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ARTICLE |

NEUROSINE POISONING

G. Creswell Burns, M.D.
JAMA. 1931;96(15):1225-1226. doi:10.1001/jama.1931.27220410001013.
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A widow, aged 41, was admitted to the medical service of Dr. E. Richmond Ware, March 21, 1930. She was irrational and disoriented. She shouted and muttered meaningless words, was restless, and was thrashing about on the stretcher. She previously had symptoms of kidney colic. February 4, while in the urologic service, she presented to the physician a few samples of stones which she said she had passed. She complained then of pain in her back and left side, so severe at times that a physician had to administer a hypodermic injection. She left the ward without consent the day she was admitted.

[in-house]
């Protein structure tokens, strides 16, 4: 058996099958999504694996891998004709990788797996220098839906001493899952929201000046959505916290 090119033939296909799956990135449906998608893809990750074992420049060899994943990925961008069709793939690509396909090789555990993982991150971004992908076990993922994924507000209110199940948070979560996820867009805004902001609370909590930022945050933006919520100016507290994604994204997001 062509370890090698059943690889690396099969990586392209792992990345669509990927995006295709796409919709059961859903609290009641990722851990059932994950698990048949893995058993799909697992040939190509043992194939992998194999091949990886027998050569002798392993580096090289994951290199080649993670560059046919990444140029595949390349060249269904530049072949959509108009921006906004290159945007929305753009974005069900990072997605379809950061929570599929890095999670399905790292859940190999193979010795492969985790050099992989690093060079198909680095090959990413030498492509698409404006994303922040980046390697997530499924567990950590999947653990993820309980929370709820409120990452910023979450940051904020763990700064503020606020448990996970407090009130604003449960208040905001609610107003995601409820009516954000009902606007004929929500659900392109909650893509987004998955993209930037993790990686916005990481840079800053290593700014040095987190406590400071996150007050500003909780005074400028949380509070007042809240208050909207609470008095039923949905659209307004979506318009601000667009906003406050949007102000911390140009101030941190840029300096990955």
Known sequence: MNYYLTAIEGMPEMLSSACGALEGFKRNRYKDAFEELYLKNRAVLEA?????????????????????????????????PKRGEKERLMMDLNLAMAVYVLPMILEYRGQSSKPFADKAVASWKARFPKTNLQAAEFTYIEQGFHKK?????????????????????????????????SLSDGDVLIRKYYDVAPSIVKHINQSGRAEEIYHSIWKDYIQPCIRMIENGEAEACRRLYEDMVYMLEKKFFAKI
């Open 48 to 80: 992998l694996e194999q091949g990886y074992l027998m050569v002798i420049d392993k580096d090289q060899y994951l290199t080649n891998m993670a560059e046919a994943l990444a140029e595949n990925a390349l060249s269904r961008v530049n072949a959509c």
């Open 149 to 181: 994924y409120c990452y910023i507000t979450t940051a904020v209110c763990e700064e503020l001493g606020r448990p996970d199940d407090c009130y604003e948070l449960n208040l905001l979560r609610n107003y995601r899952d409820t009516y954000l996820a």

Eleven days later, February 15, she was readmitted to the urologic service. She had received morphine hypodermically before admission. She stayed three days, leaving after the renal colic subsided. She stated that she had three attacks of pain in the past month, the last attack continuing forty

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